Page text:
Bakwains. — Retaliation on the Boers. — Slavery. — Attachment of the Bechu-

anas to Children. — Hydrophobia unknown. - — Diseases of the Bakwains few

in number. — Yearly Epidemics. — Hasty Burials. — Ophthalmia. — Native

Doctors. — Knowledge of Surgery at a very low Ebb. — Little Attendance

given to Women at their Confinements. — The "Child Medicine." — Salu-

brity of the Climate well adapted for Invalids suffering from pulmonary Com-

plaints ................ Page 124

CHAPTER VH.

Departure from the Country of the Bakwains. — Large black Ant. — Land Tor-

toises. — Diseases of wild Animals. — Habits of old Lions — Cowardice of the

Lion. — Its Dread of a Snare. — Major Vardon's Note. — The Roar of the Lion re-

sembles the Cry of the Ostrich. — Seldom attacks full-grown Animals.— Buffaloes

and Lions.- — Mice. — Serpents.. — Treading on one. — Venomous and harmless Va-

rieties. — Fascination. — Sekomi's Ideas of Honesty. — Ceremony of the Sechu for

Boys. — The Boyale for young Women. — Bamangwato Hills. — The Unicorn's

Pass. — The Country beyond. — Grain. — Scarcity of Water. — Honorable Conduct

of English Gentlemen. — Gordon Cumming's hunting Adventures". — A Word of

Advice for young Sportsmen. — Bushwomen drawing Water. — Ostrich. — Silly

Habit.— Paces.— Eggs.— Food ................ U8

CHAPTER XII.

CHAPTER

Preliminary Arrangements for the Journey. — A Picho. — Twenty-seven Men ap-

pointed to accompany mo to the West. — Eagerness of the Makololo for direct

Trade with the Coast. — Effects of Fever. — A Makololo Question. — The lost Jour-

nal. — Reflections. — The Outfit for the Journey. — 1 1th November, 1853, leave Lin-

yanti, and embark on the Chobe. — Dangerous Hippopotami. — Banks of Chobe. —

Trees. — The Course of the River. — The Island Mparia at the Confluence of the

Chobe and the Leeambye. — Anecdote. — Ascend the Leeambye. — A Makalaka

Mother defies the Authority of the Makololo Head Man at Sesheke. — Punishment

of Thieves. — Observance of the new Moon. — Public Addresses at Sesheke. — At-

tention of the People. — Results. — Proceed up the River. — The Fruit which yields

Nux vomica. — Other Fruits. — The Rapids. — Birds. — Fish. — Hippopotami and

their Young ................ Page 247

CHAPTER XTV.

Increasing Beauty of the Country. — Mode of spending the Day. — The People and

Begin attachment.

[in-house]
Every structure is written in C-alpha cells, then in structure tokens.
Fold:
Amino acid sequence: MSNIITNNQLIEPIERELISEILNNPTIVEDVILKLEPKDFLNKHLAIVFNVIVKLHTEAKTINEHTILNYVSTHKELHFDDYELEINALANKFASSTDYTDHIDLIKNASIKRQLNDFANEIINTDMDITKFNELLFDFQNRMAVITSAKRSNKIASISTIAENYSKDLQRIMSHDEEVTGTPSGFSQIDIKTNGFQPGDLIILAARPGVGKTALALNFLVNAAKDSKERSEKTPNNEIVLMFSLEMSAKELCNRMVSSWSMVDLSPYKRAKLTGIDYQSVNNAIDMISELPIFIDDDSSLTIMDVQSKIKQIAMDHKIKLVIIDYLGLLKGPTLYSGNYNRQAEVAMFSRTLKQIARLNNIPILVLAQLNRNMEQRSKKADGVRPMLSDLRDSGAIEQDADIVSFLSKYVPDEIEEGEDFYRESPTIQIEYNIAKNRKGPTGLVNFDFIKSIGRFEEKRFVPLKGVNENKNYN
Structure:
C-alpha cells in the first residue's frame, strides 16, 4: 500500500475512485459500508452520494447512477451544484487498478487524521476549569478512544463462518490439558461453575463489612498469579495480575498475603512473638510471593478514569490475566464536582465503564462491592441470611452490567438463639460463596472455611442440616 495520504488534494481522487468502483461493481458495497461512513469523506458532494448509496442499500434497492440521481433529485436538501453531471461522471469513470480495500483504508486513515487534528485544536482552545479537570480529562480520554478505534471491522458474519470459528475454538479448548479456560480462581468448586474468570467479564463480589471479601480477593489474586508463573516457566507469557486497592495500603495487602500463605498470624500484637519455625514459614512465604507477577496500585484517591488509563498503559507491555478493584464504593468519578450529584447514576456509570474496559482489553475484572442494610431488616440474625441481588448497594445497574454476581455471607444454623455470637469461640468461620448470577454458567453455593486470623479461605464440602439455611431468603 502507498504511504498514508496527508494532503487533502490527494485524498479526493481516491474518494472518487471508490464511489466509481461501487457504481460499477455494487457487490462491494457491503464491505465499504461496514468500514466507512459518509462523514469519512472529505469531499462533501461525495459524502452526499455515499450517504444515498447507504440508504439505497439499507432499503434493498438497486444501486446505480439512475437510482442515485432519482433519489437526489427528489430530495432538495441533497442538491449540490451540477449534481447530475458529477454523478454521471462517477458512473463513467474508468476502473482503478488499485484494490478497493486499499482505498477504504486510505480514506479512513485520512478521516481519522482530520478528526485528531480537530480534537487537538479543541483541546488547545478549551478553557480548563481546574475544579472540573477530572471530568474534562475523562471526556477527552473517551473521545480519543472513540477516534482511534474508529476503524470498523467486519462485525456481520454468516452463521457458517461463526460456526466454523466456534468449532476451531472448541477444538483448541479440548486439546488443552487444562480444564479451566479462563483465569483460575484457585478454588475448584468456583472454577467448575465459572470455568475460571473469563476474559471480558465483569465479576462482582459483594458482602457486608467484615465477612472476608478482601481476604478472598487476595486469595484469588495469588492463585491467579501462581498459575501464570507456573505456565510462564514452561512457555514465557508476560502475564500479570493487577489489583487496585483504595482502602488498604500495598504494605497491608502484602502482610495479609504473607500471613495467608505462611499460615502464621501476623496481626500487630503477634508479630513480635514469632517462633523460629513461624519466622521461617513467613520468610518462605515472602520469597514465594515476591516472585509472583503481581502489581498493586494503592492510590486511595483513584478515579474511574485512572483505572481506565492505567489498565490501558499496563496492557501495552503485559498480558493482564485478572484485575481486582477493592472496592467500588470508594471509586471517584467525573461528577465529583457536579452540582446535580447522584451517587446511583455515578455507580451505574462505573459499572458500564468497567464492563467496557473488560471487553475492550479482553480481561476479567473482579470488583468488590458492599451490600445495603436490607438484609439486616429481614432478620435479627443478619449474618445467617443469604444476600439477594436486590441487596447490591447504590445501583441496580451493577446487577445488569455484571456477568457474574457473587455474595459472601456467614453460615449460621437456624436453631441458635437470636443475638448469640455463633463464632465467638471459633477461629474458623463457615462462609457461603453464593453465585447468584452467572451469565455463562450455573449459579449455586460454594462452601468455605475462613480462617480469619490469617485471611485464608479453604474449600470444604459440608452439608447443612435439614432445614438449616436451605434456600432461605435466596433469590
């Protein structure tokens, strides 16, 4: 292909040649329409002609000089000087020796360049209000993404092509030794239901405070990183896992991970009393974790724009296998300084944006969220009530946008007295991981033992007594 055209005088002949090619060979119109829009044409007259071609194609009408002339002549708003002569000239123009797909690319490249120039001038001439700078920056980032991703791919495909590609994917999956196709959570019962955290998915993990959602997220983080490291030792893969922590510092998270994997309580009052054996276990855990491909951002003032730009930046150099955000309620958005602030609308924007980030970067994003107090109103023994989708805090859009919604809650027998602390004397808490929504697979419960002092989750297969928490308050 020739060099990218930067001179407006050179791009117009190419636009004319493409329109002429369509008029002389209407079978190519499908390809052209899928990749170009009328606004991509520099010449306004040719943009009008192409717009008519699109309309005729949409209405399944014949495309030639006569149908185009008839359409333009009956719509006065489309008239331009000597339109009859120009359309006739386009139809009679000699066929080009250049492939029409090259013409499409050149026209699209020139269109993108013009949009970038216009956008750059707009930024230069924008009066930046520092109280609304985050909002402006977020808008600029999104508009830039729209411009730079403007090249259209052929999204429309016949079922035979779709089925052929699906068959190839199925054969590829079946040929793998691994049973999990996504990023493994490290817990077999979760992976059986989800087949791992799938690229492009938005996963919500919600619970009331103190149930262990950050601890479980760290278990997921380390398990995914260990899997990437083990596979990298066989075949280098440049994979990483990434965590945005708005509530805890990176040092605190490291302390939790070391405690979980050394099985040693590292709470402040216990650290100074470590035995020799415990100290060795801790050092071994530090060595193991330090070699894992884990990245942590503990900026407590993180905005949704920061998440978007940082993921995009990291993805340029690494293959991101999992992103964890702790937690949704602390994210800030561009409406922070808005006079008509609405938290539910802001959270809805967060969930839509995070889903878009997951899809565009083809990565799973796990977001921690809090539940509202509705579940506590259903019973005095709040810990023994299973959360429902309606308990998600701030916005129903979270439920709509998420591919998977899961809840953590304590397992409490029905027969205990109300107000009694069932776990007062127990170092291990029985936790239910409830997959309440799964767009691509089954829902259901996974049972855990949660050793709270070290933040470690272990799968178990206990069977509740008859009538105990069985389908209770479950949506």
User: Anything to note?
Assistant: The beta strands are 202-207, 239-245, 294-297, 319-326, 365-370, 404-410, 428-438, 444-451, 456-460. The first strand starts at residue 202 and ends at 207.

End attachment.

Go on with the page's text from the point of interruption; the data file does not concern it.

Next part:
the Falls of Gonye. — A Makololo Foray. — A second prevented, and Captives de-

livered up. — Politeness and Liberality of the People. — The Rains. — Present of

Oxen. — The fugitive Barotse. — Sekobinyane's Misgovernment. — Bee-eaters and

other Birds. — Fresh-water Sponges. — Current. — Death from a Lion's Bite at

Libonta. — Continued Kindness. — Arrangements for spending the Night during

the Journey. — Cooking and Washing. — Abundance of animal Life. — Different

Species of Birds. — Water-fowl. — Egyptian Geese. — Alligators. — Narrow Escape

of one of my Men. — Superstitious Feelings respecting the Alligator. — Large

Game. — The most vulnerable Spot. — Gun Medicine. — A Sunday. — Birds of

Song. — Depravity; its Treatment. — Wild Fruits. — Green Pigeons. — Shoals of

Fish. — Hippopotami ................ 265

CHAPTER XV.

Message to Masiko, the Barotse Chief, regarding the Captives. — Navigation of the

Leeambye. — Capabilities of this District. — The Lceba. — Flowers and Bees. —

Buffalo-hunt. — Field for a Botanist. — Young Alligators; their savage Nature. —

Suspicion of the Balonda. — Sekelenke's Present. — A Man and his two Wives. —

Hunters. — Message from Manenko, a female Chief. — Mambari Traders. — A

Dream. — Sheakondo and his People. — Teeth-filing. — Desire for Butter. — Inter-

view with Nyamoana, another female Chief. — Court Etiquette. — Hair versus

Wool. — Increase of Superstition. — Arrival of Manenko; her Appearance and

Husband. — Mode of Salutation. — Anklets. — Embassy, with a Present from Ma-

siko. — Roast Beef. — Manioc. — Magic Lantern. — Manenko an accomplished

Scold: compels us to wait. — Unsuccessful Zebra-hunt ............................. 285

CHAPTER XVI.

Nyamoana's Present. — Charms. — Manenko's pedestrian Powers. — An Idol. — Ba-

londa Arms. — Rain. — Hunger. — Palisades. — Dense Forests. — Artificial Bee-

hives. — Mushrooms. — Villagers lend the Roofs of their Houses. — Divination and

Idols. — Manenko's Whims. — A night Alarm. — Shinte's Messengers and Present.

— The proper Way to approach a Village. — A Merman. — Enter Shinte'a Town:

its Appearance. — Meet two half-caste Slave-traders. — The Makololo scorn them.

— The Balonda real Negroes. — Grand Reception from Shinto. — His Kotla. —

Ceremony of Introduction. — The Orators. — Women. — Musicians and Musical